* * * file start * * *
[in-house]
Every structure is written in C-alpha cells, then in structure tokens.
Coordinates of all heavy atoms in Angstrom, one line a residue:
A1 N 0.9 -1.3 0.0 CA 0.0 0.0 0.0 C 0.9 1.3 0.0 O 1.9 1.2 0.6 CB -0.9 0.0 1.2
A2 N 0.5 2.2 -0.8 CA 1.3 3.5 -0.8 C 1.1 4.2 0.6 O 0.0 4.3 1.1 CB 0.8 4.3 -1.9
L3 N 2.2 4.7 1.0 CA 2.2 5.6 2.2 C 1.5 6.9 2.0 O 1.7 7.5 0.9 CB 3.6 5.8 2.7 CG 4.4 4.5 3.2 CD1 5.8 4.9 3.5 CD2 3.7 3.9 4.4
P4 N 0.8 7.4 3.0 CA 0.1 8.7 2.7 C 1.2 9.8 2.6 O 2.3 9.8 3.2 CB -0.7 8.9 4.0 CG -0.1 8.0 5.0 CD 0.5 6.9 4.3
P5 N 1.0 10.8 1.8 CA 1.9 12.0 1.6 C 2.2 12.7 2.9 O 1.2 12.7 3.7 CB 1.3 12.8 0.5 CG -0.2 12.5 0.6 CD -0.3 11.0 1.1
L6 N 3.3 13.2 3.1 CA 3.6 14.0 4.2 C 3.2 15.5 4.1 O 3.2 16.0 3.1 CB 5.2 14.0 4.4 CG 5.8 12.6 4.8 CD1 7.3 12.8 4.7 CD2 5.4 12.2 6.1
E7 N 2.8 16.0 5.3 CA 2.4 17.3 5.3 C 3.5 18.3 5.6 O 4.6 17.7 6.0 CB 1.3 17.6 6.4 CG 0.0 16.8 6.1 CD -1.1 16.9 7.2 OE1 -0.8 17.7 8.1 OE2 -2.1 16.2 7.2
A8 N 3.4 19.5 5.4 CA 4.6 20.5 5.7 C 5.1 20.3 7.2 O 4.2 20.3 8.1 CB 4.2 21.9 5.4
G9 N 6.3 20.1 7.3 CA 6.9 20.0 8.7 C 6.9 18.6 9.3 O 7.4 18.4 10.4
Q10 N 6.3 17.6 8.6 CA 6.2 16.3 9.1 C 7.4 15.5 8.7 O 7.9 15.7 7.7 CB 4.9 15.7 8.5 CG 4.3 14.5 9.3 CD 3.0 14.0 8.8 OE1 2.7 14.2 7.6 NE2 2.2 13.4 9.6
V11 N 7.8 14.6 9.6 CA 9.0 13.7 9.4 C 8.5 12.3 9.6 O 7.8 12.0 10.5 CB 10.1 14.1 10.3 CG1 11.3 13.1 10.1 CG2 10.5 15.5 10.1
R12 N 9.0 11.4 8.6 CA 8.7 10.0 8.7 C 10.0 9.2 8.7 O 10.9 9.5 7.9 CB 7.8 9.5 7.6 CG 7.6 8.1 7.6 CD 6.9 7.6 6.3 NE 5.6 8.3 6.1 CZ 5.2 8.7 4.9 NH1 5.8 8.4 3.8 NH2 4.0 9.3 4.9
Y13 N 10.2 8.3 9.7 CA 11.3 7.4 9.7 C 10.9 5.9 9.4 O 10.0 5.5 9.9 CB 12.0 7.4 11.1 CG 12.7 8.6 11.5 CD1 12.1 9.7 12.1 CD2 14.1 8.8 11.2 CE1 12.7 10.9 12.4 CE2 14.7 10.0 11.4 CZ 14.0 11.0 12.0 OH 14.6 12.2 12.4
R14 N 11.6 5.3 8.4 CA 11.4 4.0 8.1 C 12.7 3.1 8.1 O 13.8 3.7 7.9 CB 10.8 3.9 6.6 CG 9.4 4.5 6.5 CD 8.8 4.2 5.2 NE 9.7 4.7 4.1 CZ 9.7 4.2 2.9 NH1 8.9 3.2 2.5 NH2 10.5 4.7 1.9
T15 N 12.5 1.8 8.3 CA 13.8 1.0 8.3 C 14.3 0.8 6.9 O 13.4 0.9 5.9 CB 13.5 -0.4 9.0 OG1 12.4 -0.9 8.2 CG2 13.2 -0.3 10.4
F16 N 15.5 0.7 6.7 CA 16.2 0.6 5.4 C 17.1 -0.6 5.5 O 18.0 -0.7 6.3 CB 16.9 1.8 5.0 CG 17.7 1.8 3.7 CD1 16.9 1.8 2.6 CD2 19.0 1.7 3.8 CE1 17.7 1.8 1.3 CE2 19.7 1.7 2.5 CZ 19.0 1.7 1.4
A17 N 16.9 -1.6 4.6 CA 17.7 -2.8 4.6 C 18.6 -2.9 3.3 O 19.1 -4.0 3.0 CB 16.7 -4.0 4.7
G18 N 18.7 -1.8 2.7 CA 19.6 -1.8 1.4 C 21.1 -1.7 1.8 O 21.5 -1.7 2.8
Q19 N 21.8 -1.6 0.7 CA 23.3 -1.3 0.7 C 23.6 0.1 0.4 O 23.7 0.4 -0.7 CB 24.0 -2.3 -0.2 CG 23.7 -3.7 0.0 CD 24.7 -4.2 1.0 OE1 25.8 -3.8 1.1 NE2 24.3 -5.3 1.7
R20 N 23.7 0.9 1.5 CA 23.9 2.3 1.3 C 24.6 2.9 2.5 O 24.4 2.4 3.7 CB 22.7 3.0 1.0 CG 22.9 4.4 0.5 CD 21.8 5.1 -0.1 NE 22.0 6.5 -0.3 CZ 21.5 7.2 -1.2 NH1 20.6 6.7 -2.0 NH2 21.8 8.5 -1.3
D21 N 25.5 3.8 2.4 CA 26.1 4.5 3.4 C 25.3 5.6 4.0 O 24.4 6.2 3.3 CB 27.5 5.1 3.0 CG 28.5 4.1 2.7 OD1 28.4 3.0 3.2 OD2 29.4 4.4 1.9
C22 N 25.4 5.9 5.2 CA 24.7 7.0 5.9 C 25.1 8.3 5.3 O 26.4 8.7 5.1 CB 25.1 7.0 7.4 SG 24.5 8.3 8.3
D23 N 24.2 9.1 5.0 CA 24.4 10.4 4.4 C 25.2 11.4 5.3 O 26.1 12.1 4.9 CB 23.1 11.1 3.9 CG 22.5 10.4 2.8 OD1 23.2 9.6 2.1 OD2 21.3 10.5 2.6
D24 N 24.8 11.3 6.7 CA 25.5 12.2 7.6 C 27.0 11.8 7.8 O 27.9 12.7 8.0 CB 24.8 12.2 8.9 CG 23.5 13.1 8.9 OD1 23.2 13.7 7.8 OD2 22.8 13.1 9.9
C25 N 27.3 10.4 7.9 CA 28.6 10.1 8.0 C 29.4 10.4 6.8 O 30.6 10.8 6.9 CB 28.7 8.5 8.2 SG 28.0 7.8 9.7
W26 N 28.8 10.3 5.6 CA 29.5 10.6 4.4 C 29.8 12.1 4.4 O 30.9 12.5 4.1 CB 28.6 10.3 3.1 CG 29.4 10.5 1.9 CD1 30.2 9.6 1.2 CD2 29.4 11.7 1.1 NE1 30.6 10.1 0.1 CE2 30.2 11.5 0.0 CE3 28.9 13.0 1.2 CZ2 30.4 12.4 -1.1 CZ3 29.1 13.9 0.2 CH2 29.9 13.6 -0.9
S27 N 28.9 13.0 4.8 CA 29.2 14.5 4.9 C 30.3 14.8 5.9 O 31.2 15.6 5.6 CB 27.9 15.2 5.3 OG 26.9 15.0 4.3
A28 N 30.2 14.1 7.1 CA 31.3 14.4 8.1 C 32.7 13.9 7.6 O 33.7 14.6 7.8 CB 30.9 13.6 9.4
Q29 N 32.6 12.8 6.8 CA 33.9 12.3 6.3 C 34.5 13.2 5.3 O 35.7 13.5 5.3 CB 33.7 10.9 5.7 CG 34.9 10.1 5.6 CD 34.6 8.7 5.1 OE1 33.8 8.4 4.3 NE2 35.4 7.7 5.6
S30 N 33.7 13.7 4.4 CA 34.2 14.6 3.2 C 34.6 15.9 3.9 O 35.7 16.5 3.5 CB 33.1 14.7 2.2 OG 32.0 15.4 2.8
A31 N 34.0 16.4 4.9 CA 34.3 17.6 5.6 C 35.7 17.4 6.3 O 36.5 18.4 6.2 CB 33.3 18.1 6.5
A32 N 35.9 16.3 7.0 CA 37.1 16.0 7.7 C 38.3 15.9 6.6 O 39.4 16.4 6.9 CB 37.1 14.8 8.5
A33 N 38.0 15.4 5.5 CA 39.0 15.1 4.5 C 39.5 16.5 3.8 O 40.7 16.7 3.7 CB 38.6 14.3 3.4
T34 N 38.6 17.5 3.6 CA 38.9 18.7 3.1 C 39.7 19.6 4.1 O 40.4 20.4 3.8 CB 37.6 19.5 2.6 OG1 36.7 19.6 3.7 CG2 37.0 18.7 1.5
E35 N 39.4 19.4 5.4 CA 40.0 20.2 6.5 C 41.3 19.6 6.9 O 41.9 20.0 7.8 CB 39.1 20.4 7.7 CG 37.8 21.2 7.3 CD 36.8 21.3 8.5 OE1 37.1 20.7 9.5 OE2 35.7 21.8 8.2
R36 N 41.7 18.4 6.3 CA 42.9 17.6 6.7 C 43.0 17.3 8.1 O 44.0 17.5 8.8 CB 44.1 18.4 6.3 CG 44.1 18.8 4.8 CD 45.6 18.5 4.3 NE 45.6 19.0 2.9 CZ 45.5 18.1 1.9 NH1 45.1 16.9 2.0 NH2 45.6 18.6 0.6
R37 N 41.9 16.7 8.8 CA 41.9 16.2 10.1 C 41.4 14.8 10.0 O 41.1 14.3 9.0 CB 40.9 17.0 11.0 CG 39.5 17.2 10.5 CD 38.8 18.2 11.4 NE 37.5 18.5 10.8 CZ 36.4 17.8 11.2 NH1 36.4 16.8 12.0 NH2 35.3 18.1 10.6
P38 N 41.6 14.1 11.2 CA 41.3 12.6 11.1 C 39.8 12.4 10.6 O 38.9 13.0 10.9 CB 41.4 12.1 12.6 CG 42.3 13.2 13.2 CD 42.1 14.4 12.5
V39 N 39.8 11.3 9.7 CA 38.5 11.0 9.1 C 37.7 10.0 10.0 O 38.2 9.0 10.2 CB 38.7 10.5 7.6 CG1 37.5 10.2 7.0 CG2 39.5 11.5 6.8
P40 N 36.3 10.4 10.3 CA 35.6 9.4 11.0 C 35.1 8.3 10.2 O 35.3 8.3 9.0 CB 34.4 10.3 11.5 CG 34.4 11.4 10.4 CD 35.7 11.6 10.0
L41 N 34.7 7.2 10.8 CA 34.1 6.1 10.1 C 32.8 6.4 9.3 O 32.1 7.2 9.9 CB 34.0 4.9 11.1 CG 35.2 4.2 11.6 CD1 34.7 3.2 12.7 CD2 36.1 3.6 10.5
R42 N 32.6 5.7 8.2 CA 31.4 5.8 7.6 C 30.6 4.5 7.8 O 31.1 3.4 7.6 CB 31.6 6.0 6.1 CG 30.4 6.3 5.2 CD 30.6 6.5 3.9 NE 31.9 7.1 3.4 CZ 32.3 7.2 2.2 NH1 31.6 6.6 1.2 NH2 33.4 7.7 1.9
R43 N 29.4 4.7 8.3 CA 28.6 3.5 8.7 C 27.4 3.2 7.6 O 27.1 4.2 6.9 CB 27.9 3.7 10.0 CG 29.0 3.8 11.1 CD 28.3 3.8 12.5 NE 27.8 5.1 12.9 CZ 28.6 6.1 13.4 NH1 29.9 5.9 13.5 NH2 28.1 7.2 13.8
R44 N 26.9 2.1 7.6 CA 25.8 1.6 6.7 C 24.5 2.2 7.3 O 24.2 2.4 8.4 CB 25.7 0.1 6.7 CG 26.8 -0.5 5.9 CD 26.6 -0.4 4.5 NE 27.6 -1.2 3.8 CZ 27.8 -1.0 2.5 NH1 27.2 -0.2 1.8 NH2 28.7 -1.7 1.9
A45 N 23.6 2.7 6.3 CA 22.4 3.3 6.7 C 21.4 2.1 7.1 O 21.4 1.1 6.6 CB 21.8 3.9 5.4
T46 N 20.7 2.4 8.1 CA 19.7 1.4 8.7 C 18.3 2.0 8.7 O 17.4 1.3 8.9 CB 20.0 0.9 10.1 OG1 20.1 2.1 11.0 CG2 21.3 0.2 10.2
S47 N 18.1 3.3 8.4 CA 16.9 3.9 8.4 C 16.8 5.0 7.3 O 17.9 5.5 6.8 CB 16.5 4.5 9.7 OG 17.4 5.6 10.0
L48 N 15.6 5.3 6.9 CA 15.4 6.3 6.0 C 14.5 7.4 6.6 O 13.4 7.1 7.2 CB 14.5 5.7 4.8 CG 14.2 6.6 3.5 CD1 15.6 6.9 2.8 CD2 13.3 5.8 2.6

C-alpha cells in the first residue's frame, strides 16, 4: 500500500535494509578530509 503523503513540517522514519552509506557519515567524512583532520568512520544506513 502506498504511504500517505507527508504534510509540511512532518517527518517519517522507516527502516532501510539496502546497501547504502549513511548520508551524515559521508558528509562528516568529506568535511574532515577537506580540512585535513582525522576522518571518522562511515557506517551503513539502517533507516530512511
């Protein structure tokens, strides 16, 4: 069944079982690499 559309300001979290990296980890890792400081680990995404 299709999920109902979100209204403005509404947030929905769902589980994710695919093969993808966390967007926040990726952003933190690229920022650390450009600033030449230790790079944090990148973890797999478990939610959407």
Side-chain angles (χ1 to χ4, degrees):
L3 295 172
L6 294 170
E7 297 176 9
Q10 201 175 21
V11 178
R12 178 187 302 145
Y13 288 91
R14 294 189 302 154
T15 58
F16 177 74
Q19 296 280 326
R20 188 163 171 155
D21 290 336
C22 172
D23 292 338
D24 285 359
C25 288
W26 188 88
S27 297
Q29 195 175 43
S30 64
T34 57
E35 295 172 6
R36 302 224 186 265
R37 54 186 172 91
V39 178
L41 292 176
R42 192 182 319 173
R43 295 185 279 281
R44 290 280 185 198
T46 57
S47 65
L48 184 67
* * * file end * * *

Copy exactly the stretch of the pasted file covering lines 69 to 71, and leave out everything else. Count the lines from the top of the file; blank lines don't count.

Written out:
D23 292 338
D24 285 359
C25 288